They Know The Pain of Online Learning. Here’s What Teachers, Parents and Students Did About It

ByPaloma Esquivel, Julia Barajas, Laura Newberry
Alfredo Crossman-Chávez Jr., a physical education teacher and athletic director at KIPP Corazón Academy

Nearly nine months and counting — that’s how long more than 1 million L.A. County students have been out of school. It’s only a guess when campuses will reopen amid the alarming surge in coronavirus cases. But talk to educators, parents and students and they invariably know someone who has made a difference. Someone who identified a pain point with distance learning, attempted to fix it and moved schooling forward during this unprecedented disruption to education.

They are brothers, worried mothers, creative teachers and college professors inventing new ways to teach familiar lessons. They are community builders who motivate students isolated behind computer screens.

These are some of their stories.

This PE teacher’s assignments have nothing to do with sit-ups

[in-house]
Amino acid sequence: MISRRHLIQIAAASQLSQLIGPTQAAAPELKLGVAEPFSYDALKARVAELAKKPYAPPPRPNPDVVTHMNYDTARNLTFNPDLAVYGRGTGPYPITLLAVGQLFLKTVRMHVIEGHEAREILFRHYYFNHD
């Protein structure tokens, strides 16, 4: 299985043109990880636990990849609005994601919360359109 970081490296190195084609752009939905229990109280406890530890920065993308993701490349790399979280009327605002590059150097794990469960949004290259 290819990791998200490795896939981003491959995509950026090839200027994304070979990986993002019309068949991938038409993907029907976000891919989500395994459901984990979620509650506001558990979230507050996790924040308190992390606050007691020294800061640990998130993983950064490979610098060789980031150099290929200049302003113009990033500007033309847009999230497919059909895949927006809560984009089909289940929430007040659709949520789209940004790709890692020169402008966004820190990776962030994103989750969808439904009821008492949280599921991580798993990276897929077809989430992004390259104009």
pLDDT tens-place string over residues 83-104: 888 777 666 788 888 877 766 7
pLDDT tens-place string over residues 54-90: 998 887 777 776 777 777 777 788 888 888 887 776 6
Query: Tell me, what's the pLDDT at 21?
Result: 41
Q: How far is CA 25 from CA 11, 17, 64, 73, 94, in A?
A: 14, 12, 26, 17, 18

Alfredo Crossman-Chávez Jr. is a problem solver — and this physical education teacher and athletic director at KIPP Corazón Academy has plenty of challenges that have nothing to do with sit-ups.

How does he teach hand-eye coordination when his kids don’t have the right equipment at home? Crunch paper into balls. How does he deal with bad internet connections when so much of their exercise needs to take place outside twice a week? Record four sessions, doubling students’ chances to log on.

Crossman-Chávez finds ways to meet students where they want to be — and it’s not on Zoom.

He and a colleague at the South Gate school make strategic use of social media. There’s the “KCA Upper School P.E.” YouTube channel with yoga and high-intensity exercises. He launched the “kippcorazon_athletics” Instagram page, where he livestreams teacher vs. student athletic challenges that sometimes culminate with him drenched in ice water.

Determined to launch a cross-country team, he used Zoom, Google Classroom and the Nike Run Club App to virtually train and keep track of the runners’ progress.

Read the full article here.

Photo credit: Mel Melcon / Los Angeles Times